A Michigan circuit court judge set aside the perjury conviction of Michigan Innocence Clinic client Ray McCann II on Thursday in relation to the 2007 murder of a young girl.
Ten-year-old Jodi Parrack went missing in November of 2007. McCann, who was a reserve police officer at the time, helped conduct the search and suggested her family look in the local cemetery. When the child’s body was eventually found there, McCann became a person of interest in her murder.
McCann was interrogated nearly 20 times over the span of a few years, during which he denied involvement in the killing 86 times. Detectives lied to him, saying they found his DNA on the child’s body and had surveillance video footage that contradicted his alibi.
In an attempt to charge McCann with something, a detective persuaded the county prosecutor to issue a subpoena to require McCann to testify under oath about his whereabouts at the time of Parrack’s disappearance. Due to a minor discrepancy between his testimony and his account to police five years prior, the prosecutor charged McCann with perjury during a murder investigation, which carries a potential life sentence. At a hearing, the detective lied under oath that he had the video footage contradicting McCann’s alibi. Believing he could not beat the charges, McCann pleaded no contest and was sentenced to 20 months in prison.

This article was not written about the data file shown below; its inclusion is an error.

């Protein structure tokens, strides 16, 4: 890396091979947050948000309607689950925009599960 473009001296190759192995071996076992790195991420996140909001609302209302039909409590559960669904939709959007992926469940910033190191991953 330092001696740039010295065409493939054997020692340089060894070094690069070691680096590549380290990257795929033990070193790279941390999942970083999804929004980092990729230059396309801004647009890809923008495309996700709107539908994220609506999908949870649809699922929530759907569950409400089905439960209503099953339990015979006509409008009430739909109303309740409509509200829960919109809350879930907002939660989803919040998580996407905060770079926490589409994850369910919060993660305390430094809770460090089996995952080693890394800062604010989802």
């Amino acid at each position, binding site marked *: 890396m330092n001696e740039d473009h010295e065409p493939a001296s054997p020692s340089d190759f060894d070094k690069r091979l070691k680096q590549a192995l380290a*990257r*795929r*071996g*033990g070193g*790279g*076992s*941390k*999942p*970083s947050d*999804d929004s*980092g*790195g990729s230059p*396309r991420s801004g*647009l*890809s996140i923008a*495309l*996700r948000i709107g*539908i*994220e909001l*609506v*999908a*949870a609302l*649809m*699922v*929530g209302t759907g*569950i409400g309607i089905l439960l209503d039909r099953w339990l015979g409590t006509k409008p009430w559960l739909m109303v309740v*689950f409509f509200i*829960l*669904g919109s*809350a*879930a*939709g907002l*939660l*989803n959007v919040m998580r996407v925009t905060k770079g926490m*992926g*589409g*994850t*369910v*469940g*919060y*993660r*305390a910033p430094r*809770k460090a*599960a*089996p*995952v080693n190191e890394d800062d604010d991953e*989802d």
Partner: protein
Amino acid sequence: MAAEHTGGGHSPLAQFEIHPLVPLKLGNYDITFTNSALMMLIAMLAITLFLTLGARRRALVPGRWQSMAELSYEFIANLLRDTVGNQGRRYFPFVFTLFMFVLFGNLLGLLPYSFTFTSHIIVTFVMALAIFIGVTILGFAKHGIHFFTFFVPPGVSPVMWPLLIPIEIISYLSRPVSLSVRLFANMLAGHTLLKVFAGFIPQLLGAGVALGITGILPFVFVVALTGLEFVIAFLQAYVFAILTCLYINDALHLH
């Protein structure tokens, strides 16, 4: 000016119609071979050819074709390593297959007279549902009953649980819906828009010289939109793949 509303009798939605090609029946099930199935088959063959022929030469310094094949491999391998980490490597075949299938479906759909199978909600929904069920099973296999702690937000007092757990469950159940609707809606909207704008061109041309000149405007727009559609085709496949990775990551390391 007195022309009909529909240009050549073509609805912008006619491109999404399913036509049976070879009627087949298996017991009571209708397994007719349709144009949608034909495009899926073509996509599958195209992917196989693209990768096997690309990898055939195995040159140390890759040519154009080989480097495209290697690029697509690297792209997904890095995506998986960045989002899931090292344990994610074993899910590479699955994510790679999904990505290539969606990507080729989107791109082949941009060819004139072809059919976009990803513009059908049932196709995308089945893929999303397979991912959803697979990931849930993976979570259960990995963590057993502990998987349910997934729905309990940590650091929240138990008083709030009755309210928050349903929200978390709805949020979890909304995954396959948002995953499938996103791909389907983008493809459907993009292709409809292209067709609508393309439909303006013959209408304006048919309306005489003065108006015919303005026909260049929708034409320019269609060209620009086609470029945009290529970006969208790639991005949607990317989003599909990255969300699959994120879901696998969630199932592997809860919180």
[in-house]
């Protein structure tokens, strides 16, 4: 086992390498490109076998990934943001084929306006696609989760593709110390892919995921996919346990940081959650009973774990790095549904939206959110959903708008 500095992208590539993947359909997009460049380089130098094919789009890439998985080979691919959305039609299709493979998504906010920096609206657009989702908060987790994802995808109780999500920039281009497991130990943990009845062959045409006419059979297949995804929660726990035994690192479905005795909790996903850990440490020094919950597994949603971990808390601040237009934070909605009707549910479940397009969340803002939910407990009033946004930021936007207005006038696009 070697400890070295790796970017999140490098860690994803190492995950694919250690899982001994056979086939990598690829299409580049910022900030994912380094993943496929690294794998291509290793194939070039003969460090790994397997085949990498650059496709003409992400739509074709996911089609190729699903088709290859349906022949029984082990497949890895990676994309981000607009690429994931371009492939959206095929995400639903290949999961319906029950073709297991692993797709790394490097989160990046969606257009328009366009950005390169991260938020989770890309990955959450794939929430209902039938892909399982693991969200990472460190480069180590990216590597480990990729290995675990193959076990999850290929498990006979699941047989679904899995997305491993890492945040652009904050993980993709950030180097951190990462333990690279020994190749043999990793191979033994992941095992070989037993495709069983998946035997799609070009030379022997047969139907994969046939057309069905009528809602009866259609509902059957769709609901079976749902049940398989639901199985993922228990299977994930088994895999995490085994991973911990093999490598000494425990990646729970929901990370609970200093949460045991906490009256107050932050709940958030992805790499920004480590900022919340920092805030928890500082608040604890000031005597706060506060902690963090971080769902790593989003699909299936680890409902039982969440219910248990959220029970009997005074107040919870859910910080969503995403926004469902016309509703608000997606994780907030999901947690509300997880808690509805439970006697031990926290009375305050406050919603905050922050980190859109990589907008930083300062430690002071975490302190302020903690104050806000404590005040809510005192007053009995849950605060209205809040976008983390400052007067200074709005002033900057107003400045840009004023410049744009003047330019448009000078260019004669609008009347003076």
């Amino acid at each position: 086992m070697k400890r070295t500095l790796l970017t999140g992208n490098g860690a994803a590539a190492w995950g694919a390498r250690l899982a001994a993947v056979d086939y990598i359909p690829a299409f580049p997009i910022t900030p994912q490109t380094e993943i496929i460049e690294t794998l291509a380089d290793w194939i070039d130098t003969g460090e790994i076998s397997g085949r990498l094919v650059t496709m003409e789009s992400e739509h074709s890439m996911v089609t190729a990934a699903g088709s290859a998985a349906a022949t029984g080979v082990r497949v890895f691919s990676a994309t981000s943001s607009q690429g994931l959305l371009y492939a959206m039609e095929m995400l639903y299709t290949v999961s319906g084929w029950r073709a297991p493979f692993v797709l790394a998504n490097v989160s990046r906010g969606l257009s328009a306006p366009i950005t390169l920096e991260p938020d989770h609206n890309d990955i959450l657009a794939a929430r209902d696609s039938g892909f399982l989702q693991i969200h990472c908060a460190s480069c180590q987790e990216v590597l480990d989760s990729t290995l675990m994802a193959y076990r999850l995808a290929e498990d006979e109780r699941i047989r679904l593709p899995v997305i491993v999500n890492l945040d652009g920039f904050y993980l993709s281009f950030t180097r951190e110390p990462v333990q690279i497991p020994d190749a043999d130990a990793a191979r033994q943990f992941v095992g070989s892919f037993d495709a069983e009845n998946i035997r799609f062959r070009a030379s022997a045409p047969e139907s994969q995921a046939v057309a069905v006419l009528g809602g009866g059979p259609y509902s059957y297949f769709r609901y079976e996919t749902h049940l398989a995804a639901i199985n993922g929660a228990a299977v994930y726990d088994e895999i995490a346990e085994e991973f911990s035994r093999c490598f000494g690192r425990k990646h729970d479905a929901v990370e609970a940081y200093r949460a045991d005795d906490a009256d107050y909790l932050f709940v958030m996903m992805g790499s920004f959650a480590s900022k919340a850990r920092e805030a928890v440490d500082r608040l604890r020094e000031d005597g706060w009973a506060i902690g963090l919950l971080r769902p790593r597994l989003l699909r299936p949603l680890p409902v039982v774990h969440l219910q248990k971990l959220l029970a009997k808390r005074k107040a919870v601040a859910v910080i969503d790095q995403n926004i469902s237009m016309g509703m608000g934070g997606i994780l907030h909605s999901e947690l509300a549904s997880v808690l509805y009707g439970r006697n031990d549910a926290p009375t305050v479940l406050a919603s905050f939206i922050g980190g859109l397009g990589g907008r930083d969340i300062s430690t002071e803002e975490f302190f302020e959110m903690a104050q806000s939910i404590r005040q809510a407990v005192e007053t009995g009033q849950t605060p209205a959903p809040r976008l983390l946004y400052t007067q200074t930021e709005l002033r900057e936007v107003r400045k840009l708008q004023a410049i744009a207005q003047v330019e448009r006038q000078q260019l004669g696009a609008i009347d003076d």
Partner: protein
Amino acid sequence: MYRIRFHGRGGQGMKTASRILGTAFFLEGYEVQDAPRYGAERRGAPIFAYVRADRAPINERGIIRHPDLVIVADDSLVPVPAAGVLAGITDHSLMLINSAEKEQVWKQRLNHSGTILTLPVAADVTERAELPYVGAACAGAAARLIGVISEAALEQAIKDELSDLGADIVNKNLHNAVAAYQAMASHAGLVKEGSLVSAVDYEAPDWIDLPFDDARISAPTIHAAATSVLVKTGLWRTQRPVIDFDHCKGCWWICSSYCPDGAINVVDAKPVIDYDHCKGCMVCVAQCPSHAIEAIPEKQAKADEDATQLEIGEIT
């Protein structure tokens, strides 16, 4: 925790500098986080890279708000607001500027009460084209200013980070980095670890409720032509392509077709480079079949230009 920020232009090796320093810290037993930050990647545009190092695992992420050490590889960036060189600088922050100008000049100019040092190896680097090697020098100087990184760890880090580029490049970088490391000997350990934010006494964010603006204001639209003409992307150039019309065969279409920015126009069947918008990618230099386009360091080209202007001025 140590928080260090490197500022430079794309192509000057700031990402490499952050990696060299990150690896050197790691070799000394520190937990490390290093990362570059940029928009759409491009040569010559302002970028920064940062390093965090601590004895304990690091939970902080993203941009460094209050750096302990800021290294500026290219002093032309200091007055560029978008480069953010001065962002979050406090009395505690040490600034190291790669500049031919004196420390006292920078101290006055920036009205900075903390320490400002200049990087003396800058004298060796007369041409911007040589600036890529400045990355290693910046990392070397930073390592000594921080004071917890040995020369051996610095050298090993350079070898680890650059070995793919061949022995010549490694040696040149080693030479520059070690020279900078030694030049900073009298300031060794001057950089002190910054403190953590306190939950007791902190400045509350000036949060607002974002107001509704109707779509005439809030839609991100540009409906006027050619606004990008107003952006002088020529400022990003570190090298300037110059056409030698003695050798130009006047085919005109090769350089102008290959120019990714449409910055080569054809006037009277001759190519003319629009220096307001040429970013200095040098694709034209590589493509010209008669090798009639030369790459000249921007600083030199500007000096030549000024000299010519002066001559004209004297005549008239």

While McCann was serving his sentence, a young girl in a nearby town was nearly abducted. She escaped and led police to Daniel Furlong, who eventually admitted to killing Parrack eight years earlier. DNA testing later corroborated his confession.
The Michigan Innocence Clinic filed a motion asking St. Joseph County Prosecutor John McDonough to vacate McCann’s perjury conviction on the grounds that his no contest plea was induced by the police detective’s false testimony. On Thursday, McDonough agreed.
“It is ironic that after serving time in the county jail and being threatened with a potential life sentence, Ray McCann pleaded no contest to a charge of perjury when, in fact, he had told the truth and the charge itself was based on police fabrications,” Michigan Innocence Clinic Director David Moran told Wood TV. “I am grateful that Mr. McDonough chose to do the right thing and exonerate him.”
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